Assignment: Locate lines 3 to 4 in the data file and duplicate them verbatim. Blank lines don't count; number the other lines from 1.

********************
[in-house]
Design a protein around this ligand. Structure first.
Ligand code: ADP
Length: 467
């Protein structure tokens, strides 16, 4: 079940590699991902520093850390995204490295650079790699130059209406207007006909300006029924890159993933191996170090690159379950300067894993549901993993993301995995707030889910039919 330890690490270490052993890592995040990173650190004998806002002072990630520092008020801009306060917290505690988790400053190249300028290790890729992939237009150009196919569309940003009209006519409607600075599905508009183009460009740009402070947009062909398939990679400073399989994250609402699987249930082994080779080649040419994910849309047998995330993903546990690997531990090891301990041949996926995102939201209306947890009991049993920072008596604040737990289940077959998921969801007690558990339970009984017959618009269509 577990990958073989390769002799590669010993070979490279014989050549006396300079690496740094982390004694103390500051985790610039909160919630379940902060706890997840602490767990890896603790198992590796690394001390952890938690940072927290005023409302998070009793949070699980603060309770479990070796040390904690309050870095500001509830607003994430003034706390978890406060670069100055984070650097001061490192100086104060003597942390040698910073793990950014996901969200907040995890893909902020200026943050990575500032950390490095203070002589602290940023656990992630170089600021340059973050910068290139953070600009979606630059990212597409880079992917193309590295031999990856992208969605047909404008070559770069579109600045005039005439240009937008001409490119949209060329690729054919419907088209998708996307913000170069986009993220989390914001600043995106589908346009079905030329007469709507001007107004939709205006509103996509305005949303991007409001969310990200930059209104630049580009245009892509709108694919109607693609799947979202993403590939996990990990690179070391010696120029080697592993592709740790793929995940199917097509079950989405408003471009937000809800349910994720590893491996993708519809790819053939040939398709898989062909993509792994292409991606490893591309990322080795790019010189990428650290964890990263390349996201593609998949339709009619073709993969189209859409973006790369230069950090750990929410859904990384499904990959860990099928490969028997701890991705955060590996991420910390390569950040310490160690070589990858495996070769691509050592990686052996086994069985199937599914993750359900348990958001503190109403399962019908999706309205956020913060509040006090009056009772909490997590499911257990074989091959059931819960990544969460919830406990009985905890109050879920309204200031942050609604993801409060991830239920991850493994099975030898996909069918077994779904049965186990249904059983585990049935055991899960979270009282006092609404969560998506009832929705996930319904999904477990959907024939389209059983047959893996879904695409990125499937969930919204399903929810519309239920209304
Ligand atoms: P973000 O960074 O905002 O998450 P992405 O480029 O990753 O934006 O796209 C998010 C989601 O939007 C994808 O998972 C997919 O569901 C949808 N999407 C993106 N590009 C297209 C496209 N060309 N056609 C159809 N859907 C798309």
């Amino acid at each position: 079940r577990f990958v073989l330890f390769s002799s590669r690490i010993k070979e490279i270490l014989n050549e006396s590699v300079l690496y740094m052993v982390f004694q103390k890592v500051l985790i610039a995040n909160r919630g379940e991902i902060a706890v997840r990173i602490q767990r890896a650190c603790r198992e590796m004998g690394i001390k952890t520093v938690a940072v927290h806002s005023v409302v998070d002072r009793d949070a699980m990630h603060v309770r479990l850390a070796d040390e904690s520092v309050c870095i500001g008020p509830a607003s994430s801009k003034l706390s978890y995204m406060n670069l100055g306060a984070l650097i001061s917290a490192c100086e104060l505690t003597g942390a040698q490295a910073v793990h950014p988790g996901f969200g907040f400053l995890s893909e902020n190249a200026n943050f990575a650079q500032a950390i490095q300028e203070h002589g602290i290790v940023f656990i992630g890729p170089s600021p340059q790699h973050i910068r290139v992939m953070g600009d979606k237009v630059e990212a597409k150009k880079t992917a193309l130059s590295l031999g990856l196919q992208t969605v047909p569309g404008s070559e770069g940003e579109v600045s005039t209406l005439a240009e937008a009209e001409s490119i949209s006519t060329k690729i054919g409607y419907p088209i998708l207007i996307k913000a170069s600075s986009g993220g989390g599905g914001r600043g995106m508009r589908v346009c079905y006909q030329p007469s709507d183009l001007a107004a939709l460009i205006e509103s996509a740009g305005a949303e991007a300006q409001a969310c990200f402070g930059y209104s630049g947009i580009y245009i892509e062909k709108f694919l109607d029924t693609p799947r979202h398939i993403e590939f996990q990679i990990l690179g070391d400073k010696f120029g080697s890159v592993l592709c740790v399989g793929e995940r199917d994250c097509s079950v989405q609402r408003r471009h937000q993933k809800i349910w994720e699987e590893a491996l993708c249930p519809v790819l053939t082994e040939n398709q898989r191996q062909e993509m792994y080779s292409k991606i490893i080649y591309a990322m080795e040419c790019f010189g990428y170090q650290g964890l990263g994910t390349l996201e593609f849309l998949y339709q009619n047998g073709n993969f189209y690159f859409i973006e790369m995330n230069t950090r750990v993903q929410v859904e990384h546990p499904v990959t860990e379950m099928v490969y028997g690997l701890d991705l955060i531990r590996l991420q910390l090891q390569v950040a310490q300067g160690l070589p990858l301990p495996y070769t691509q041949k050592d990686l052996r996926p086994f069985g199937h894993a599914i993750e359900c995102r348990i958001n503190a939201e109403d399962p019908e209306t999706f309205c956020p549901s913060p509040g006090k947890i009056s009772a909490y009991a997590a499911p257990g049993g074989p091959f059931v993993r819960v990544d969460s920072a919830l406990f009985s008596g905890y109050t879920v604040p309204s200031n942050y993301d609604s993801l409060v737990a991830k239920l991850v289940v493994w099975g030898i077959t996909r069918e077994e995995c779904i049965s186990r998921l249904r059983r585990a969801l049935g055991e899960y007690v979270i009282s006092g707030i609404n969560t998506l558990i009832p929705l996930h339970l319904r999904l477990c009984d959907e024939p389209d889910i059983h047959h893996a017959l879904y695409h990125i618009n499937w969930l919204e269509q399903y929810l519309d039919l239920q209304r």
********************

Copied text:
Ligand code: ADP
Length: 467